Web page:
When it comes to cities, much of the focus in Turkey is on Istanbul. As a finance, business, and tourism hub, it attracts international admiration and many first-time visitors. However, repeat visitors who have seen the main attractions often start to explore further afield to know more about the history, culture, and traditions of the country.
Likewise, potential expats who do not want to live in the country’s largest metropolis find other suitable alternatives from the north to the west. They want the benefits of living in a destination that never stops, and is close to main transport links, but also fun to explore and exciting to learn about.
The good news is that some cities in Turkey are rising to the challenge. Deviating from the typical stereotype of hustle, bustle, and impersonal social life, they offer all the benefits of city life, but much more as well.
Four Attractive Cities of Turkey
Bursa and its Skiing Centre
achieved worldwide fame in the 14th century, as the Ottoman capital before they captured Constantinople. It was the centre of excellence for the military, education, and religion. These days, its proximity to the hub of Istanbul makes it a popular tourism hub for Turks.
They flock to see the Ottoman landmarks but also to visit the domineering Uludag Mountain, and one of the best ski centres in the country. Comprising of two parts, 27 hotels easily cope with the demand in winter from novice and experienced skiers who also want lessons and entertainment.
For non-skiing travellers, the best place to stay in Bursa is the thermal water centre of Cekirge, with its many sites of interest and attractions to visit. A good place to start is the Karagoz Puppet Museum, a popular form of entertainment during the Ottoman Empire and as such an iconic status in today’s society.
The mosque and sarcophagus of the brave Ottoman Sultan Murat 1st are nearby, as is the Culture Park and Archaeological Museum. The social centre of Bursa is still the 14th-century bazaar with its old Bedenstan and nearby Emirhan Cavansari.
Many attractions await visitors but ultimately Bursa is known for its historical mosques of which the Ulu and Yesil mosques are the most spectacular. UNESCO World Heritage fans should also venture slightly further to the village of Cumalikizik, renowned for its cobbled streets, community life, and old architectural styles.
Trabzon and Sumela MonasteryTrabzon is another city rising to superstardom ranks. The nearby famous landmark of Sumela monastery has attracted much attention from the travel community because of its dubious location clinging to the side of Mela Mountain. The 4th century Greek Orthodox building is one of the country’s growing tourist attractions and recently underwent restoration to preserve its historical and cultural significance.
Flying into Trabzon airport, Travellers also book day trips from the many travel agencies to visit Uzungol, a large natural lake renowned for its beauty. The area has always been famous with tourists from Middle Eastern countries, but lately many westerners have also been eager to explore the city and surrounding districts.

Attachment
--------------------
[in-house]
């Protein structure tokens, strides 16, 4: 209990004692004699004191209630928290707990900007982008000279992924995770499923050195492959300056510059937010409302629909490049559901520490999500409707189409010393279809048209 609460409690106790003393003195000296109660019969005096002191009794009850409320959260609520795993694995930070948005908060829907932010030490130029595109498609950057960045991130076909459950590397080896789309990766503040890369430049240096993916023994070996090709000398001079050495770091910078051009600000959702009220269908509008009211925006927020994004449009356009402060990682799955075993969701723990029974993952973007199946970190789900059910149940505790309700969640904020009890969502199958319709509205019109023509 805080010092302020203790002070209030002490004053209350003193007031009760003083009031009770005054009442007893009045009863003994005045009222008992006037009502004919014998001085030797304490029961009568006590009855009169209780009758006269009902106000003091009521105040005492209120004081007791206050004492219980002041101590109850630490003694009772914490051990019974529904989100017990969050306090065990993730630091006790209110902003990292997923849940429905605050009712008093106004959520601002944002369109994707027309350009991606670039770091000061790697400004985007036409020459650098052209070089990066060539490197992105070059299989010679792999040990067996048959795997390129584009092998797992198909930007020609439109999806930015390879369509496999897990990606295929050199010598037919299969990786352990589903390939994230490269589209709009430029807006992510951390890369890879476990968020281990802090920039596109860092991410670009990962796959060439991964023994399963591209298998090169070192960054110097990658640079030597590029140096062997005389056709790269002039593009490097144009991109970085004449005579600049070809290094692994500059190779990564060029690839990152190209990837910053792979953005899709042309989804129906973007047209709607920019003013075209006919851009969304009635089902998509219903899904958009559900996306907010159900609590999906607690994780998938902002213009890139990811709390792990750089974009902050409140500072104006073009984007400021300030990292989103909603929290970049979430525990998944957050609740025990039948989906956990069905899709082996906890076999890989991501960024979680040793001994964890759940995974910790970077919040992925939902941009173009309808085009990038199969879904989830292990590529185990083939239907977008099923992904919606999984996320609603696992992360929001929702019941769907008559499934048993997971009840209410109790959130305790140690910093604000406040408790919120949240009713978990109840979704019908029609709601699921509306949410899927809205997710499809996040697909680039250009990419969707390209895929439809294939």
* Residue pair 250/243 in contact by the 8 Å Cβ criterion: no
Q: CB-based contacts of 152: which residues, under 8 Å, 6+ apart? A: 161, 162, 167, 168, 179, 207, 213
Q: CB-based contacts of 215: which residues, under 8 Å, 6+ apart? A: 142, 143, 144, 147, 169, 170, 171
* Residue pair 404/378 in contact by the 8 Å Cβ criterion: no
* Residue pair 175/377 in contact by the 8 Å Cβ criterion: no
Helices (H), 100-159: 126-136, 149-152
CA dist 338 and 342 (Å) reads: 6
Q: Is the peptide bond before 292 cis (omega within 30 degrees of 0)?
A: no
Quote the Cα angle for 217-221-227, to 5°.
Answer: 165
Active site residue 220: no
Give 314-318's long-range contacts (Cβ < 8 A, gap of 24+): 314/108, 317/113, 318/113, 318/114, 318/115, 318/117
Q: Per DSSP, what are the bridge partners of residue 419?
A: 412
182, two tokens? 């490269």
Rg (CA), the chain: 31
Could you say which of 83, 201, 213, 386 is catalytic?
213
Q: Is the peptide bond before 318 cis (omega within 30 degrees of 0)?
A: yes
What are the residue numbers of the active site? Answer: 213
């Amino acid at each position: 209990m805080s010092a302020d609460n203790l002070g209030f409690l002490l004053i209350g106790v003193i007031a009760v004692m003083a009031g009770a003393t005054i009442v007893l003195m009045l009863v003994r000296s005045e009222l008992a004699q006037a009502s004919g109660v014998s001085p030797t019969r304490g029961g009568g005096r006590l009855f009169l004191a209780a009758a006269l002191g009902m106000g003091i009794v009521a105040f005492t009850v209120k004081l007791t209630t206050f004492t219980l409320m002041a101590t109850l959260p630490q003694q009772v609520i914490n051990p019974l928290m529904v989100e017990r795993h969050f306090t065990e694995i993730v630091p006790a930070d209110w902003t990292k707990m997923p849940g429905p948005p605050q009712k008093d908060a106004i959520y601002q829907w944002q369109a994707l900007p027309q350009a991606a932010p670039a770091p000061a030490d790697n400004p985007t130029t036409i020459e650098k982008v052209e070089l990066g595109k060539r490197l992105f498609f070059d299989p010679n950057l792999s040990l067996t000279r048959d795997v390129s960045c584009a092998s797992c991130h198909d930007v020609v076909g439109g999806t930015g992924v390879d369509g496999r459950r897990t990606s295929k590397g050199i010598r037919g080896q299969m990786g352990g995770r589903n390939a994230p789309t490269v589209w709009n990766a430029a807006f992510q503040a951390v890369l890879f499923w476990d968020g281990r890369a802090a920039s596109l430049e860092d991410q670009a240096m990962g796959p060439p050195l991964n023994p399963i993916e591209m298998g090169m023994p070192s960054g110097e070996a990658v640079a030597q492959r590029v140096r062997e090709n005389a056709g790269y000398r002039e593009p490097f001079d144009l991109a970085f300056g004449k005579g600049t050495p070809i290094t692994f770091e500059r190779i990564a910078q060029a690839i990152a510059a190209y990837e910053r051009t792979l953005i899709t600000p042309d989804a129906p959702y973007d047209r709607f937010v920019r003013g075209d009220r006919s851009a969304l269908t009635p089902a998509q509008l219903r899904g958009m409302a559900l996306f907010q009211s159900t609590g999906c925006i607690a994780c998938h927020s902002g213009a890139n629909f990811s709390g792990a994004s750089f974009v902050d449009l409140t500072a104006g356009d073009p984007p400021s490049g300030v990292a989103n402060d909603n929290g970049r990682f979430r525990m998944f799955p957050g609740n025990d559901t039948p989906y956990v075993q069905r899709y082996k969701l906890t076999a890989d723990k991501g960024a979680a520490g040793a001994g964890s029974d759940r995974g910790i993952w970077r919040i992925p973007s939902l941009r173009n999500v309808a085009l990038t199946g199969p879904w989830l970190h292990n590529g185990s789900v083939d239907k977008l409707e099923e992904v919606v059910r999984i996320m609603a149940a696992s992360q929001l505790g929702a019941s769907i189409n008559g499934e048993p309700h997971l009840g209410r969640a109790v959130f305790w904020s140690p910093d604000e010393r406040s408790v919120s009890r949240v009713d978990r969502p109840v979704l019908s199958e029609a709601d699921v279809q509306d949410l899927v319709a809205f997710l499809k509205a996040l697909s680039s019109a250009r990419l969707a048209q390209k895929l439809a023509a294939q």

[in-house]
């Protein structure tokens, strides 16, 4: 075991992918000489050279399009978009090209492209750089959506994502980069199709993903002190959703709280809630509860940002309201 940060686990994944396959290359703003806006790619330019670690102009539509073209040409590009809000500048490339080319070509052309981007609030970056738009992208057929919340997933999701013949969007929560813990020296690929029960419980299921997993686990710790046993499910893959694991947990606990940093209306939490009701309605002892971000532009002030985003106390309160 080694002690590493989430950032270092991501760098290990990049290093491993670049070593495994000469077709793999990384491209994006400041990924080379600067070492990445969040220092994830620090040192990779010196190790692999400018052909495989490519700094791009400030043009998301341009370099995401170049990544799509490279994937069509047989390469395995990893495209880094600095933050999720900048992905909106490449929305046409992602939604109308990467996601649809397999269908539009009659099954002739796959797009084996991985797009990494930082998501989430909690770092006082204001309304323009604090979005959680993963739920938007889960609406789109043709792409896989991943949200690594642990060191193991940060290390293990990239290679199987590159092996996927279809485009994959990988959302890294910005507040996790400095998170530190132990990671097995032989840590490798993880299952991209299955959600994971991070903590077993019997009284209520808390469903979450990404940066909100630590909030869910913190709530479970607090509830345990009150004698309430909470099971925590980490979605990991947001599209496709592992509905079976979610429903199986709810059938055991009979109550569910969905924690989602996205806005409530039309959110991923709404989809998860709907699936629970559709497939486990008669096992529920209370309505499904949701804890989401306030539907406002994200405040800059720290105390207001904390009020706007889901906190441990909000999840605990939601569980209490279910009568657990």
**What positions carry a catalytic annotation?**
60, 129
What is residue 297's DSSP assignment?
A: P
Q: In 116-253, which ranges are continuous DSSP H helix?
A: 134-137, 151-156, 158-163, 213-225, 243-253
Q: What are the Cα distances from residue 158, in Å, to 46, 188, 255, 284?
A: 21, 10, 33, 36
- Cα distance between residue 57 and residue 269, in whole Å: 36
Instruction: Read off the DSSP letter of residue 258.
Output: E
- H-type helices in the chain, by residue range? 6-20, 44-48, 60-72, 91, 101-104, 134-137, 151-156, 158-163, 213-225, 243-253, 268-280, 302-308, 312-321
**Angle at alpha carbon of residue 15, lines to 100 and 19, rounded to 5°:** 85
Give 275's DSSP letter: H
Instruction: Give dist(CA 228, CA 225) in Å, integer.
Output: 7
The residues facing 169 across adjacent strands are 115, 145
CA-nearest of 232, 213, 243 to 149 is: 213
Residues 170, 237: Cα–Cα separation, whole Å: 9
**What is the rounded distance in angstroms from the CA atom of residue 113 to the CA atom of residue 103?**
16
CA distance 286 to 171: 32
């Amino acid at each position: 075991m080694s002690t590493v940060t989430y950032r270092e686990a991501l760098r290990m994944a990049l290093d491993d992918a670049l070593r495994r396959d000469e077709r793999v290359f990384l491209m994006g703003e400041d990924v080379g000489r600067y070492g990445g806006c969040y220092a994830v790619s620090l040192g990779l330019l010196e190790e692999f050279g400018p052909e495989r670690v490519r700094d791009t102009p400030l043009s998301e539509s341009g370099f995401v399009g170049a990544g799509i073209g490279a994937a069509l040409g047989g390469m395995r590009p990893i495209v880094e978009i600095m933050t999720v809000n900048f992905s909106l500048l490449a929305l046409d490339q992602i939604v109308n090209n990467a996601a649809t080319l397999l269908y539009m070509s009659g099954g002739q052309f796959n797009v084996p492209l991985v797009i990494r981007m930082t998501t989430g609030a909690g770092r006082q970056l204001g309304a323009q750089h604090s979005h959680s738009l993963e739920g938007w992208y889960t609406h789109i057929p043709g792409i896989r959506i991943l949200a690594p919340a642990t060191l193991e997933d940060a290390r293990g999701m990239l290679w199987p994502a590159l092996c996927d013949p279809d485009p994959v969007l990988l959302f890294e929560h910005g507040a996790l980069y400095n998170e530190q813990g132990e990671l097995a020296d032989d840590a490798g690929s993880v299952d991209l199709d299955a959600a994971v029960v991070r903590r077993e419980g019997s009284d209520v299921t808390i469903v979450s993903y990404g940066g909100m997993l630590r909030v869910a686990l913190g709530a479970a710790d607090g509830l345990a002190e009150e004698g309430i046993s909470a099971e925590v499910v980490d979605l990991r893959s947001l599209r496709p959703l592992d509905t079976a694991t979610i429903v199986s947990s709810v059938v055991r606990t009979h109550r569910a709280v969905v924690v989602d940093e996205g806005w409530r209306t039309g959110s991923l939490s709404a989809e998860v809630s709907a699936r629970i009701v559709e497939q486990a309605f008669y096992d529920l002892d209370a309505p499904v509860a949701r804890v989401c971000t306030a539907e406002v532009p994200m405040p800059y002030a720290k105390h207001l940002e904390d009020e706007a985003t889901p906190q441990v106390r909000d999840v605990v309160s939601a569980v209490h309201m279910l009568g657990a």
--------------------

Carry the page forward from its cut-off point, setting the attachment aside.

Within the city centre itself, other attractions to visit include the house of Ataturk and the Hagia Sophia, not to be confused with the much larger version in Istanbul. However, one of the most appealing aspects about Trabzon is that the beauty of Mother Nature is never far away. The Black sea fronts the coastline and further inland; tourists have the delights of the evergreen Kackar Mountains, the most popular trekking, and hiking area in Turkey.
Yalova and its Hot SpringsYalova is the latest newcomer to the growing property in Turkey market. Many assume the name comes from an amalgamation of Yali (coastal house) and ova (plain.)
Locals are extremely proud of the connection to Mustafa Kemal Ataturk, the founder of the modern Turkish republic who famously said, “Yalova is my home.” The Yalova Ataturk house museum is open to the public and displays items from his time spent in the area. Otherwise, its second claim to fame is the hot springs in the thermal district.
The Mediterranean / subtropical climate has also prompted the beauty of surrounding areas like Cinarcik, making it a popular destination for holiday homes of Turks from the big city of Istanbul. Regular ferries take just over an hour, and an internal bus system has frequent departures and arrivals. The good news for potential property buyers is that thanks to its late emergence into the mainstream real estate market, prices are relatively lower than other cities.
Fethiye: The Mediterranean GemFethiye has grown to become a certified city. Having embraced the tourism scene earlier on, as well as welcoming expats, it already has made a name for itself.
However, it is on our list because, despite its city status, it maintains a relaxed, slow-paced atmosphere. As one of the smaller cities in Turkey, belonging to the Mugla province on the lustrous Mediterranean coast, it is devoid of bad aspects of city life such as overcrowding, traffic congestion, and polluted air.
From the main city centre, small dolmus rides take passengers to the surrounding towns of Calis Beach, Fethiye, Oludeniz, Hisaronu, and Ovacik. All of these have natural landscapes of beauty adding to the elimination of a typical city atmosphere.
As well as establishing itself with a solid tourism base and expats communities, it has emerged on the Turkish Riviera as one of the cheaper districts, therefore opening up the Mediterranean coast to the masses. Such is the lure of Fethiye; it is a firm favourite in the hearts of many nationalities.
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